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  #14  
Old 04-27-2007
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Kacper...I looked at the on line pictures and the boom angle over the top of the bimini doesn't look that bad when compared to other bayfield pictures. With the topping lift off...how much sail is affected...if you let off the cunningham a bit...could you get a full raise on the sail i.e. can the head be hoised a bit higher? Cutting the sail or re-doing the entire bimini/cockpit enclosure will not be cheap. Normally you could just lower the bimini by cutting the struts a bit but the full enclosure would be lost by doing this. You will NEED the bimini itself once you get south.

The engine sounds worry me. No way to tell the problem from your description...clanking is never good and vibration could mean motor mount problems or something more serious. Get the engine survey done and then you'll know for sure...and we can help with cost estimates if your engine guy can't.
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  #15  
Old 04-27-2007
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Kacper
Yanmar 2GM early models were renowned for noise and vibration about 1800 rpm.
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  #16  
Old 04-27-2007
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Kacper

SD is right when he suggests you WILL want the bimini down south - the sun is relentless, and as good as that sounds on a day like yesterday, you do need/will want the shelter after not too long.

The cheapest route for this problem may simply be to have the main recut to raise the clew (leave the boom/tack as is) to give the boom a slightly higher angle to clear the canvas. I'd guess this would cost between $200-250 - not bad in this new world of yours. Maybe less money yet if you make the sail loose footed at the same time.

By all means get the engine checked out, and make sure that the noise is in fact engine based, and not some external vibration knocking around. On our boat at least half the noise is from vibration of external parts at certain rpms. (cupboard doors, the companionway ladder, etc)

Good luck - nice weekend on the way, I'll keep an eye out for you.
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I hired a pretty well known surveyor when i first bought my boat. Very few of the problems on my boat were detected by him! He tapped and tapped but never had a moisture meter. He told me the old wilcox-c head system was fine. The holding bladder was not even hooked up to the toilet and the manual pump is broken apart! The previous onwer was crapping right into the water. There were bottles of draino and bleach and oozy goopy toxic sludge in many of the storage copartments. The part of the deck i am re-coring, he said was fine. I won't bore you guys with more but it was pretty much a waste of 750$. I could have spent that on my new head and holding tank! I guess the guys in my yard were right....jack of all trades, master of none!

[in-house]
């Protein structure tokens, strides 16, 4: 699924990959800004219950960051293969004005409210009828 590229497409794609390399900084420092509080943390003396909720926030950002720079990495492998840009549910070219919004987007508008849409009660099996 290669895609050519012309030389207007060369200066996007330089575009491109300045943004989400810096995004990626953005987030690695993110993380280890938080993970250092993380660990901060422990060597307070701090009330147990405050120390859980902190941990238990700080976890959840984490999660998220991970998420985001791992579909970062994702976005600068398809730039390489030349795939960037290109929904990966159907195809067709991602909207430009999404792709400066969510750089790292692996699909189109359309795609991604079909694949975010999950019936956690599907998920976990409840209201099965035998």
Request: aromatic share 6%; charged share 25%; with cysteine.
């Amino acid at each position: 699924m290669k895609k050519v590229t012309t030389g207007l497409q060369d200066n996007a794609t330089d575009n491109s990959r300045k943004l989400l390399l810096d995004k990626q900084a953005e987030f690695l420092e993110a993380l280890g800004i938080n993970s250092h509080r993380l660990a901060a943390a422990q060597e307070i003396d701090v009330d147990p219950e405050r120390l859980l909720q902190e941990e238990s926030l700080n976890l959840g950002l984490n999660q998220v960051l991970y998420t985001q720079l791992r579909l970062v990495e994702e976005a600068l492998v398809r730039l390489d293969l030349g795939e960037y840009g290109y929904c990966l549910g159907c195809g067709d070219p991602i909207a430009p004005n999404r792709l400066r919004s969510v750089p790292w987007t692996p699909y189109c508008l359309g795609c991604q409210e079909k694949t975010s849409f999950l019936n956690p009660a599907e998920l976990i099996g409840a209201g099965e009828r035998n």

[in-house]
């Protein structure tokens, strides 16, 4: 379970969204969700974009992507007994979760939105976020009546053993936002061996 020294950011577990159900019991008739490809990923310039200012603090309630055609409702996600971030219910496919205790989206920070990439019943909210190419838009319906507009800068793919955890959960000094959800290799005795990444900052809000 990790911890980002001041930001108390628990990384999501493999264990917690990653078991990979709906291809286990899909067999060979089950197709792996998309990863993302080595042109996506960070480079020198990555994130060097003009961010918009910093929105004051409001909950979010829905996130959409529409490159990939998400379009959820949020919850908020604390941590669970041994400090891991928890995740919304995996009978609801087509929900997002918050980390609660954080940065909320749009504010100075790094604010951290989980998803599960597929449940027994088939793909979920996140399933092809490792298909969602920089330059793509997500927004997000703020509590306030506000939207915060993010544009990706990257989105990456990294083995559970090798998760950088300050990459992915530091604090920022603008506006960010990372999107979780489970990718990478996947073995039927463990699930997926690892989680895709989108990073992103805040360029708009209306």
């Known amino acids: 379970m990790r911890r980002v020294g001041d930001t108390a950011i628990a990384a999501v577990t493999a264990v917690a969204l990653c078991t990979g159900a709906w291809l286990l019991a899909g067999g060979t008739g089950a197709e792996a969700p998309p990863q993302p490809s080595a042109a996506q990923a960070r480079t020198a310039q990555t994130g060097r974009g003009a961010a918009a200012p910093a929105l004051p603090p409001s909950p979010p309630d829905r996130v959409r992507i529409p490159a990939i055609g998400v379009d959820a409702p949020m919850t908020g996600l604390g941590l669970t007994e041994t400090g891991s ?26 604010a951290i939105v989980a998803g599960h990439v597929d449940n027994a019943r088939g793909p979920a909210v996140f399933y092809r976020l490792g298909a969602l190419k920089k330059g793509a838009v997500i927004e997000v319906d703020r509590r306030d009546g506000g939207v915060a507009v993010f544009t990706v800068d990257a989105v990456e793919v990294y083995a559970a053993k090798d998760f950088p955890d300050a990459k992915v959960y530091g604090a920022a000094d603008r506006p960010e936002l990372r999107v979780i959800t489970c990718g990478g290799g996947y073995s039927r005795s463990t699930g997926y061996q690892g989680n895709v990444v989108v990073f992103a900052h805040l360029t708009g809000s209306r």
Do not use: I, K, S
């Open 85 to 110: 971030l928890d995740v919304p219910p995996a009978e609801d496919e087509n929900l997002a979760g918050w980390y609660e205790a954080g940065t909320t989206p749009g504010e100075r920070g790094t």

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  #18  
Old 04-27-2007
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Just remember being well-known doesn't mean that they're any good. Same thing about being a professional. I know a lot of amateur photographers that put professional photogs I know to shame... all being well-known means is that people know the name... all being a professional means in many cases is that the IRS knows you do something and get paid for it.
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New England

You know what the first rule of sailing is? ...Love. You can learn all the math in the 'verse, but you take
a boat to the sea you don't love, she'll shake you off just as sure as the turning of the worlds. Love keeps
her going when she oughta fall down, tells you she's hurting 'fore she keens. Makes her a home.

—Cpt. Mal Reynolds, Serenity (edited)

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  #19  
Old 04-27-2007
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Quote:
Originally Posted by SimonV
Kacper
Yanmar 2GM early models were renowned for noise and vibration about 1800 rpm.
In the pic of the engine in the Yachtworld listing, the plate on the engine is marked 3GM. Go figure.
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  #20  
Old 04-27-2007
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Quote:
Originally Posted by Faster
Kacper
The cheapest route for this problem may simply be to have the main recut to raise the clew (leave the boom/tack as is) to give the boom a slightly higher angle to clear the canvas. I'd guess this would cost between $200-250 - not bad in this new world of yours. Maybe less money yet if you make the sail loose footed at the same time.
While cutting the sail to save the bimini may smack of blasphemy I agree this will probably be the cheapest way out and unless your sailmaker thinks it will ruin the sails shape it may be better all around. I know after having a full enclosure bimini made for my previous boat at $5,000 you won't get much bimini adjustment done for under $500.